Take time now to do some preliminary thinking about next year’s STEM lessons. Gather feedback from your students before they sign out for summer, suggests STEM expert Anne Jolly, and also consider four key areas that often get short shrift during STEM curriculum planning.
In SPARK!, a book about quick writes, Paula Bourque offers a powerful teaching tool to help students find ideas, discover their voices and build confidence about writing. Teacher educator Linda Biondi notes the frequent, low-stakes writing can stretch across content areas.
If literacy coach Pam Hamilton had to choose one word to describe Word Study That Sticks, a book about words, she would select “fabulous”! Hamilton finds it is also practical, teacher-friendly, and colorful with lessons and activities across content areas.
Margaret Mary Policastro provides solid background on best practices for home literacy, says reading specialist Judy Harris. But Harris finds the book short on good advice for families that lack the resources and services more typical of upscale neighborhoods.
Want to shift ownership of the classroom to your students, give up reward and punishment systems, eliminate homework, and revamp your current grading system? Laura Von Staden suggests starting with Pernille Ripp’s resource-rich, inspiring Passionate Learners.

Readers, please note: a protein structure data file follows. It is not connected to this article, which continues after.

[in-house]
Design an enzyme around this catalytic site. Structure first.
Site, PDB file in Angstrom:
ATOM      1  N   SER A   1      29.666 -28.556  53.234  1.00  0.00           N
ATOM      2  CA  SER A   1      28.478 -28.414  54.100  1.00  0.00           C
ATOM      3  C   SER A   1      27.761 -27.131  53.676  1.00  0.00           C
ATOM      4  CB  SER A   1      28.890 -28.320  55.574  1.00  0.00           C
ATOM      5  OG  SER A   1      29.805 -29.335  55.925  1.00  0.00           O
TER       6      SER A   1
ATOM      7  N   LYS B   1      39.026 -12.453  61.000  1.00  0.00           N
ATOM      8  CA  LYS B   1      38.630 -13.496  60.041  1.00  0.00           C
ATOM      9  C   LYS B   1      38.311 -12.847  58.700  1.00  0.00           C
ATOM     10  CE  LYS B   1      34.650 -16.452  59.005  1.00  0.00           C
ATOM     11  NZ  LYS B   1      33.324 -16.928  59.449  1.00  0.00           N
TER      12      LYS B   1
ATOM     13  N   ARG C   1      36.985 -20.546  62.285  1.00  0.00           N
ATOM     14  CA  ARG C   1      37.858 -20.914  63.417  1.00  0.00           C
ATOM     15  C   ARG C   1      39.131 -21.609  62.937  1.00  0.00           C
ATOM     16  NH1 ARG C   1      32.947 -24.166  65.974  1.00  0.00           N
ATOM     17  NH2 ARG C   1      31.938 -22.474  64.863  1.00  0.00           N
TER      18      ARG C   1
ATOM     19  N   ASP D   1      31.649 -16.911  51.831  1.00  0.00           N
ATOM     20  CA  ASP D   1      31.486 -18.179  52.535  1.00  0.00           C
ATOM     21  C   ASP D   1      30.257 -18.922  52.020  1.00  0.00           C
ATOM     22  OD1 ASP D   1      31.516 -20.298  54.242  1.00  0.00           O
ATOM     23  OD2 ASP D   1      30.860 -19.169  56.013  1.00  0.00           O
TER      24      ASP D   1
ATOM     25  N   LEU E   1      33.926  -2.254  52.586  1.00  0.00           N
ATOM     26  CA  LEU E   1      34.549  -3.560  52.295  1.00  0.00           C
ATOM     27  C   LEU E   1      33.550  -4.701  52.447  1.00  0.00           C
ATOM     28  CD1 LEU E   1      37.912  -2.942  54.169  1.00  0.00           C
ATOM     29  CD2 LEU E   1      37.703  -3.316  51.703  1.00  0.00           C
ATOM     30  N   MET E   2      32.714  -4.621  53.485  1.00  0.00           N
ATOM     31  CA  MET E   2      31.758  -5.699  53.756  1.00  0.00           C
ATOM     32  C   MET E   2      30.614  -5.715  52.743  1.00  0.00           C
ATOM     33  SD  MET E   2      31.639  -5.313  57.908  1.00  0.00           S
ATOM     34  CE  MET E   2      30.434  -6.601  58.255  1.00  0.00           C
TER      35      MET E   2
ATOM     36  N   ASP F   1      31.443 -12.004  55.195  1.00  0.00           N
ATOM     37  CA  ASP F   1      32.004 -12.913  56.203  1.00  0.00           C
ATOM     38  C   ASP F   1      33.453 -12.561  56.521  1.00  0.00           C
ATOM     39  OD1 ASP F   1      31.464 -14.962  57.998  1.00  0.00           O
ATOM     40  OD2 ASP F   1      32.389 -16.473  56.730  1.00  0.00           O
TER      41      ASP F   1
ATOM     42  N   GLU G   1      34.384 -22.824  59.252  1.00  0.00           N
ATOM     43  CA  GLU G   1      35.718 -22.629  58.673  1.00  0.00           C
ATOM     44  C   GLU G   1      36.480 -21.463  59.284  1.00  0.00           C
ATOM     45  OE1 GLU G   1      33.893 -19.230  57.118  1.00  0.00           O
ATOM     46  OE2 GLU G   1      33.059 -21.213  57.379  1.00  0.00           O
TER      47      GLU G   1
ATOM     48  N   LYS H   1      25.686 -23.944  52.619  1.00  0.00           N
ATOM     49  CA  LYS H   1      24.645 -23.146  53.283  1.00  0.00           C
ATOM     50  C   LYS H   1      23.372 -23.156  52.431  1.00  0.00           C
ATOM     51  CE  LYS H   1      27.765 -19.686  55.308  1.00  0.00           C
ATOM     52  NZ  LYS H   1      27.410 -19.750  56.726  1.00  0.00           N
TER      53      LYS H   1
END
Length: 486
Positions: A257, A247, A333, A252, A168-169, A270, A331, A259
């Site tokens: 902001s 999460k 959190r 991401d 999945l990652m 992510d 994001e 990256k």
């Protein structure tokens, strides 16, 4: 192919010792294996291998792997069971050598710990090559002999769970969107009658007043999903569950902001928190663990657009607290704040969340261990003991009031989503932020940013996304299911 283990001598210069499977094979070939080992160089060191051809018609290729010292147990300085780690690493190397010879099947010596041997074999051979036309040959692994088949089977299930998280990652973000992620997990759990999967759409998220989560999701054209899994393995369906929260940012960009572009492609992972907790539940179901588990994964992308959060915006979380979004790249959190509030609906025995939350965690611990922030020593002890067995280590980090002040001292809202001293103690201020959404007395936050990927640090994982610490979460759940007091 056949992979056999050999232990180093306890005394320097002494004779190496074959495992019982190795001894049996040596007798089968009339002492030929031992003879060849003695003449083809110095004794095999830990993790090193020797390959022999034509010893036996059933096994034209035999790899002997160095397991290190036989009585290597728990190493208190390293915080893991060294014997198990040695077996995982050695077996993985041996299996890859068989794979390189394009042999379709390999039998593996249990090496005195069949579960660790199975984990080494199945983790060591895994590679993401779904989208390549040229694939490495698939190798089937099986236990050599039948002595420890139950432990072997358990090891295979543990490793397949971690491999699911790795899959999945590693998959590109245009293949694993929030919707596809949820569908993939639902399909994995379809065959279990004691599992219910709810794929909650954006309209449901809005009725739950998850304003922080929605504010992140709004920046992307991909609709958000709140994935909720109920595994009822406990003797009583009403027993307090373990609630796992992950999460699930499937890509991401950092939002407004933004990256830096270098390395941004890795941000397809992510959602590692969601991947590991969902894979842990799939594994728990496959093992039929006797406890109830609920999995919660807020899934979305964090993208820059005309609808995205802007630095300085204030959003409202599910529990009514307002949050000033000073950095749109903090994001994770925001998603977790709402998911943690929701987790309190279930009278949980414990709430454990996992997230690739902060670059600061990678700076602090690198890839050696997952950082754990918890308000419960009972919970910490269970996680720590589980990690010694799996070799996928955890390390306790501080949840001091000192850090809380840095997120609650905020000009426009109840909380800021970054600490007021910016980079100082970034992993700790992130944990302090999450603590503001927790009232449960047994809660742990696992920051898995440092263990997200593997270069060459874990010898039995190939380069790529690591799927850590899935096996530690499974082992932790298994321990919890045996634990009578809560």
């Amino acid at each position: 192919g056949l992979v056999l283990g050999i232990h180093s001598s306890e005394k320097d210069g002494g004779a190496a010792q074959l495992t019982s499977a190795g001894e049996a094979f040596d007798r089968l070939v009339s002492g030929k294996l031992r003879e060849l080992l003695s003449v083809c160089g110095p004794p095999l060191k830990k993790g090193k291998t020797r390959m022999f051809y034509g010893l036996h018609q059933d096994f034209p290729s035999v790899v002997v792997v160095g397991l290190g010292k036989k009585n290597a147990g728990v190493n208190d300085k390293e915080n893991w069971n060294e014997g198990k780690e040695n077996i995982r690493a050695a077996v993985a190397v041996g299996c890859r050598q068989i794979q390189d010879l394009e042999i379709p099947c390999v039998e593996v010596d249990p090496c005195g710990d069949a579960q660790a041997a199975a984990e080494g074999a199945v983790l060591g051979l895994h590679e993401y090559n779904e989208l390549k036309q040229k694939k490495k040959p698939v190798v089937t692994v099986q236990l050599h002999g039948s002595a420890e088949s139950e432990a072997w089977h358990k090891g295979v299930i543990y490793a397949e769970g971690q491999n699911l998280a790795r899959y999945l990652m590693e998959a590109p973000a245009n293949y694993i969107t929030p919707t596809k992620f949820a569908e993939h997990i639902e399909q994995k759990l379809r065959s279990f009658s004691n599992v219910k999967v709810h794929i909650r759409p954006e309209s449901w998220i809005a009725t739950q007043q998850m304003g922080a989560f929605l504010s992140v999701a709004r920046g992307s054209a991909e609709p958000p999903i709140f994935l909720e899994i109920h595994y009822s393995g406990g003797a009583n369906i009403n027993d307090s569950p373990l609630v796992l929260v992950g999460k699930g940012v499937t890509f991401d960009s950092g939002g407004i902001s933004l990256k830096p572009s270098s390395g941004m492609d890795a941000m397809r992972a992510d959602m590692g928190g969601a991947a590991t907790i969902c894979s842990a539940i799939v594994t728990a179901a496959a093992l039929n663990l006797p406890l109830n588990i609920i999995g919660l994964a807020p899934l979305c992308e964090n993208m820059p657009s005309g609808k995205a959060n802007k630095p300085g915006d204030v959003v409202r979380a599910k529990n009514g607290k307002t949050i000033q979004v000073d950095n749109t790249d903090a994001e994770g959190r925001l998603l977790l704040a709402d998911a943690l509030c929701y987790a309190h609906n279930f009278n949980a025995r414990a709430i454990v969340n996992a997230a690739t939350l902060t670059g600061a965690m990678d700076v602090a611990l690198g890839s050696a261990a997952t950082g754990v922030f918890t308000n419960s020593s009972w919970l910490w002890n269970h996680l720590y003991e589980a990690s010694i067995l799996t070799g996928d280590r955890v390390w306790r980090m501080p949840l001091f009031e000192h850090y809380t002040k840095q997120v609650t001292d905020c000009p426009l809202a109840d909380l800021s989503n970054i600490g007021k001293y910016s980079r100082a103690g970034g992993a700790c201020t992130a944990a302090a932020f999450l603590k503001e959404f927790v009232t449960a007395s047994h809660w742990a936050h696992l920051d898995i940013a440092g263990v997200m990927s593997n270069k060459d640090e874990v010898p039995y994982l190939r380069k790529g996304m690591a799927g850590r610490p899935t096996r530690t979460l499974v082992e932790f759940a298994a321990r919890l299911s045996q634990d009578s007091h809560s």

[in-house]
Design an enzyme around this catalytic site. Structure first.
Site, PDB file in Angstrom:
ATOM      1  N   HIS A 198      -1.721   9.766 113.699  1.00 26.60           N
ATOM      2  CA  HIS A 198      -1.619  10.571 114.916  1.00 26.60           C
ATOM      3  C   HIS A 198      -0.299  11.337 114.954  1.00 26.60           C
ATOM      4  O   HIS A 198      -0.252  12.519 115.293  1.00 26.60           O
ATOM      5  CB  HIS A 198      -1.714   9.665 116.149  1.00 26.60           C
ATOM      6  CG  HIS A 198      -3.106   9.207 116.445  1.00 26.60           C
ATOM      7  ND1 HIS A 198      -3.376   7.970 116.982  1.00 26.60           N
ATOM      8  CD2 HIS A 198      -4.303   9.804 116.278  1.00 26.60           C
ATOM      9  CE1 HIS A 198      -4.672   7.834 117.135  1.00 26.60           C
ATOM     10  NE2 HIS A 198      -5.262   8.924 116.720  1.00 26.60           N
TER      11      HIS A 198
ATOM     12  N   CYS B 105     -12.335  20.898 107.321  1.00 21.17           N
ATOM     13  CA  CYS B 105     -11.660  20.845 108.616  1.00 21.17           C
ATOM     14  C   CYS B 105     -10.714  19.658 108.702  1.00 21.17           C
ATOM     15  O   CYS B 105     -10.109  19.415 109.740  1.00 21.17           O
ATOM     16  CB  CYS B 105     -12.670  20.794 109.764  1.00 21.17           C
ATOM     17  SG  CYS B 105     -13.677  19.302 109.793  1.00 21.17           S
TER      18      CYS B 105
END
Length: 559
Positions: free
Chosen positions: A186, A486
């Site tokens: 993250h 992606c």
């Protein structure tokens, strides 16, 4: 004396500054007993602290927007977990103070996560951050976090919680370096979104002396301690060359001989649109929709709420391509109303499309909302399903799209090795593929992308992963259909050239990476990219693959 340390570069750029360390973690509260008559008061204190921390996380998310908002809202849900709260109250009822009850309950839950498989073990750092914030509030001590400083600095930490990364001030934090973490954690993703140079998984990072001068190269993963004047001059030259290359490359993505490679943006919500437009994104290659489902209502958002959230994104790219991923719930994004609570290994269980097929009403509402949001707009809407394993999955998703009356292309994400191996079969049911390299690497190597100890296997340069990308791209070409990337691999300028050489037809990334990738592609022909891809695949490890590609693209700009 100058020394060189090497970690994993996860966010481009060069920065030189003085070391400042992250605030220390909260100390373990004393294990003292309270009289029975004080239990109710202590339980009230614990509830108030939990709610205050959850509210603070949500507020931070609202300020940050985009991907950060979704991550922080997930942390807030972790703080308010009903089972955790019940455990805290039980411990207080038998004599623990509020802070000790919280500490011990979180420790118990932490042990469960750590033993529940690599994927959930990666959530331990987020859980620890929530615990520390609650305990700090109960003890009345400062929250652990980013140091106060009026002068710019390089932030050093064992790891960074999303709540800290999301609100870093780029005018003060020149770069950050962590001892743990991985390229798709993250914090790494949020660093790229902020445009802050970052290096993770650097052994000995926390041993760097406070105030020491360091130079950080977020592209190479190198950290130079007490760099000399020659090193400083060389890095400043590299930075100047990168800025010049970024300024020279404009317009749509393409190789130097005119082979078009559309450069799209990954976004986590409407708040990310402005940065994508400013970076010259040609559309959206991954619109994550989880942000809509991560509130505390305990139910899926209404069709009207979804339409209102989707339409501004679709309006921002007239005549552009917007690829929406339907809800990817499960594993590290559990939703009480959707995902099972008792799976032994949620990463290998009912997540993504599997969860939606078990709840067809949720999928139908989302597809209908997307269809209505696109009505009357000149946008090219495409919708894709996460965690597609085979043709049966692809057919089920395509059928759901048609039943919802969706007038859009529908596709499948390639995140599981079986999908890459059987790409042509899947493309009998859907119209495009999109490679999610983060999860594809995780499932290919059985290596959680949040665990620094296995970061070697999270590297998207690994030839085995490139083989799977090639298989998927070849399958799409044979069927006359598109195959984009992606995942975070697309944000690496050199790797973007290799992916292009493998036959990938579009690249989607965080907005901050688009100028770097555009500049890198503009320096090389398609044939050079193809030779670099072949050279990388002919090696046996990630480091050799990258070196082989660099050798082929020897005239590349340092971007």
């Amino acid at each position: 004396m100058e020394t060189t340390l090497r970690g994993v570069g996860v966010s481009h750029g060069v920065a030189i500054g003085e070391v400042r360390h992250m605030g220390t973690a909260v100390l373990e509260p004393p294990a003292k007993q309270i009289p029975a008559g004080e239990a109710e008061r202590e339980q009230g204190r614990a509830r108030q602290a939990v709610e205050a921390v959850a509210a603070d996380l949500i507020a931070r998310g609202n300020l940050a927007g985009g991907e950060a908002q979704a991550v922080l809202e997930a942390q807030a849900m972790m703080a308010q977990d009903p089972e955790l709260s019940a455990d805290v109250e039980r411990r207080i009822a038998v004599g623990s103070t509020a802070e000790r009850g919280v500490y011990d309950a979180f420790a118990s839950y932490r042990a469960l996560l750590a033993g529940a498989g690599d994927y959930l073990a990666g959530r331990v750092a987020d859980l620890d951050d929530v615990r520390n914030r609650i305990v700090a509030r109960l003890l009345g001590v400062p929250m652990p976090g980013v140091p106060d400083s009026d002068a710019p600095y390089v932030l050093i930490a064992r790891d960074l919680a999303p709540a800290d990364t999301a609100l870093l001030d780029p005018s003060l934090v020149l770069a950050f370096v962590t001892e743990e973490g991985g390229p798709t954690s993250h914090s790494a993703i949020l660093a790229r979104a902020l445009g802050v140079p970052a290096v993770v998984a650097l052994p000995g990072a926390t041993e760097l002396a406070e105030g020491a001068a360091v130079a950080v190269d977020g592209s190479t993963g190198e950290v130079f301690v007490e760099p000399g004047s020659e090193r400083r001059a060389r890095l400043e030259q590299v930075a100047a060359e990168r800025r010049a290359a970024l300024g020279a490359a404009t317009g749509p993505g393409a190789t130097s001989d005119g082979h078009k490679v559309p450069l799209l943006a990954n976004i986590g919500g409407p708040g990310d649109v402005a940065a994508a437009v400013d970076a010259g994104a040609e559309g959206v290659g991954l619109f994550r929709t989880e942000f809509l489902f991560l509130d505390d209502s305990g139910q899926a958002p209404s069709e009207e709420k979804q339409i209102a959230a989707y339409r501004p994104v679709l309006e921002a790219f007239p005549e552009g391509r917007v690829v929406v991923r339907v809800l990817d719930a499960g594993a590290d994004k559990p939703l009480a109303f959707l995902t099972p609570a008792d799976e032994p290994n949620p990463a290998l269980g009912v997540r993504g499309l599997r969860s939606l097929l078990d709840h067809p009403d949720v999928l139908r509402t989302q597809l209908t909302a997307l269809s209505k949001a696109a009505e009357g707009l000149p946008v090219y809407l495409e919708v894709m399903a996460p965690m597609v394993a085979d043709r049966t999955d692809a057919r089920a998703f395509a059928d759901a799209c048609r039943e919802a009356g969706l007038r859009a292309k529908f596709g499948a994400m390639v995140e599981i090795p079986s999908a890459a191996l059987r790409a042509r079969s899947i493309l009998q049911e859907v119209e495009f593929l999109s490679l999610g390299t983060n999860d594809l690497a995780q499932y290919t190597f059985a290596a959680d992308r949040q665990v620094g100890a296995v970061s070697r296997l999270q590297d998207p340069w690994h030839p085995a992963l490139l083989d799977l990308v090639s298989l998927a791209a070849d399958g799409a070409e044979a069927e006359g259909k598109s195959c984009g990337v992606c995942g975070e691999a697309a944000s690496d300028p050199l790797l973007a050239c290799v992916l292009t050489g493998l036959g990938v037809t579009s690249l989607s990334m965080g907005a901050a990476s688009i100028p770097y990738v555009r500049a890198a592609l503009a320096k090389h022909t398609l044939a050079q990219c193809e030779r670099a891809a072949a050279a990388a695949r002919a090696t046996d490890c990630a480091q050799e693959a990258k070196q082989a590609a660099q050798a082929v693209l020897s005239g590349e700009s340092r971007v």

As the 2016 Presidential Campaign heats up, media literacy expert Frank W. Baker brings the political races to the classroom with standards-based activities to help students understand the persuasive power of plentiful and often misleading political ads.
Now is the perfect time to read The First Six Weeks of School, 2nd Ed. from Responsive Classroom. Reviewer Linda Biondi finds even more to use in the new edition of a book she has incorporated into her smooth-running 4th grade classroom for years.
Homa Sabet Tavangar and Becky Mladic-Morales have created the ideal global education toolkit for any teacher, K-12, to bring the world into their classroom. The resource packed book is well written and easy to navigate, says 5th grade teacher Jennifer Druffel.
The Common Core expects students will support claims with evidence from a text. History teacher Aaron Brock shares an innovative technique he created to help weak readers in his under-resourced urban school develop an understanding of this process.
Disadvantaged students and minorities face battles on many fronts. Access to STEM education should not be one of them. Anne Jolly describes the problem, the students’ proven potential, and what she believes is needed to create equitable access.